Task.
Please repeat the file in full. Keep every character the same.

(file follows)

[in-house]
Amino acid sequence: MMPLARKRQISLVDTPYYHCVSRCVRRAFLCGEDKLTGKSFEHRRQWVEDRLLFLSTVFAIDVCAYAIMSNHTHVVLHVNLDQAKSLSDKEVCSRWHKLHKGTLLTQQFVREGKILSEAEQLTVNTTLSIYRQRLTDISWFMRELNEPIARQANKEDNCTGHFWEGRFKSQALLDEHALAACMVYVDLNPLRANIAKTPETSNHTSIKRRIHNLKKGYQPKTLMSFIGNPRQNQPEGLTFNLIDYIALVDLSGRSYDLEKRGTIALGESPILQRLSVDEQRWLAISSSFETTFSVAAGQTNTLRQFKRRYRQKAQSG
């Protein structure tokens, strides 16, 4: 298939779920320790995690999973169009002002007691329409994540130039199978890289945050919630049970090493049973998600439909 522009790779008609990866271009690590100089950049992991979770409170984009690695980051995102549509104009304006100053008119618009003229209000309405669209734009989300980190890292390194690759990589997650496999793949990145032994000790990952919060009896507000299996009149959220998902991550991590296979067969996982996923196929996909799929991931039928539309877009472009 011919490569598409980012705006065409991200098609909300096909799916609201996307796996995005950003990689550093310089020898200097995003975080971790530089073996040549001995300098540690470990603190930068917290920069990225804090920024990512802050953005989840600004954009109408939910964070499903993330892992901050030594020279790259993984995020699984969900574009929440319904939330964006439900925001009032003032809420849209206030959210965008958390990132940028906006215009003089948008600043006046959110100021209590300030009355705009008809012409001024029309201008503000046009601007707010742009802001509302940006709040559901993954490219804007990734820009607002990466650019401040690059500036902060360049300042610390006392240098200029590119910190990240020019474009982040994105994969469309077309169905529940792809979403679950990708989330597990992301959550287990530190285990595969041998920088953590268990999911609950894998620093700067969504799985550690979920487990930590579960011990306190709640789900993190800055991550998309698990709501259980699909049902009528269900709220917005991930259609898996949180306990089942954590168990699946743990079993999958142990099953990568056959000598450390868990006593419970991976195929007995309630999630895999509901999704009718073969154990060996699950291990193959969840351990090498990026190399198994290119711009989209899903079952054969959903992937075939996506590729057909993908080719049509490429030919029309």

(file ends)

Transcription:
[in-house]
Amino acid sequence: MMPLARKRQISLVDTPYYHCVSRCVRRAFLCGEDKLTGKSFEHRRQWVEDRLLFLSTVFAIDVCAYAIMSNHTHVVLHVNLDQAKSLSDKEVCSRWHKLHKGTLLTQQFVREGKILSEAEQLTVNTTLSIYRQRLTDISWFMRELNEPIARQANKEDNCTGHFWEGRFKSQALLDEHALAACMVYVDLNPLRANIAKTPETSNHTSIKRRIHNLKKGYQPKTLMSFIGNPRQNQPEGLTFNLIDYIALVDLSGRSYDLEKRGTIALGESPILQRLSVDEQRWLAISSSFETTFSVAAGQTNTLRQFKRRYRQKAQSG
């Protein structure tokens, strides 16, 4: 298939779920320790995690999973169009002002007691329409994540130039199978890289945050919630049970090493049973998600439909 522009790779008609990866271009690590100089950049992991979770409170984009690695980051995102549509104009304006100053008119618009003229209000309405669209734009989300980190890292390194690759990589997650496999793949990145032994000790990952919060009896507000299996009149959220998902991550991590296979067969996982996923196929996909799929991931039928539309877009472009 011919490569598409980012705006065409991200098609909300096909799916609201996307796996995005950003990689550093310089020898200097995003975080971790530089073996040549001995300098540690470990603190930068917290920069990225804090920024990512802050953005989840600004954009109408939910964070499903993330892992901050030594020279790259993984995020699984969900574009929440319904939330964006439900925001009032003032809420849209206030959210965008958390990132940028906006215009003089948008600043006046959110100021209590300030009355705009008809012409001024029309201008503000046009601007707010742009802001509302940006709040559901993954490219804007990734820009607002990466650019401040690059500036902060360049300042610390006392240098200029590119910190990240020019474009982040994105994969469309077309169905529940792809979403679950990708989330597990992301959550287990530190285990595969041998920088953590268990999911609950894998620093700067969504799985550690979920487990930590579960011990306190709640789900993190800055991550998309698990709501259980699909049902009528269900709220917005991930259609898996949180306990089942954590168990699946743990079993999958142990099953990568056959000598450390868990006593419970991976195929007995309630999630895999509901999704009718073969154990060996699950291990193959969840351990090498990026190399198994290119711009989209899903079952054969959903992937075939996506590729057909993908080719049509490429030919029309």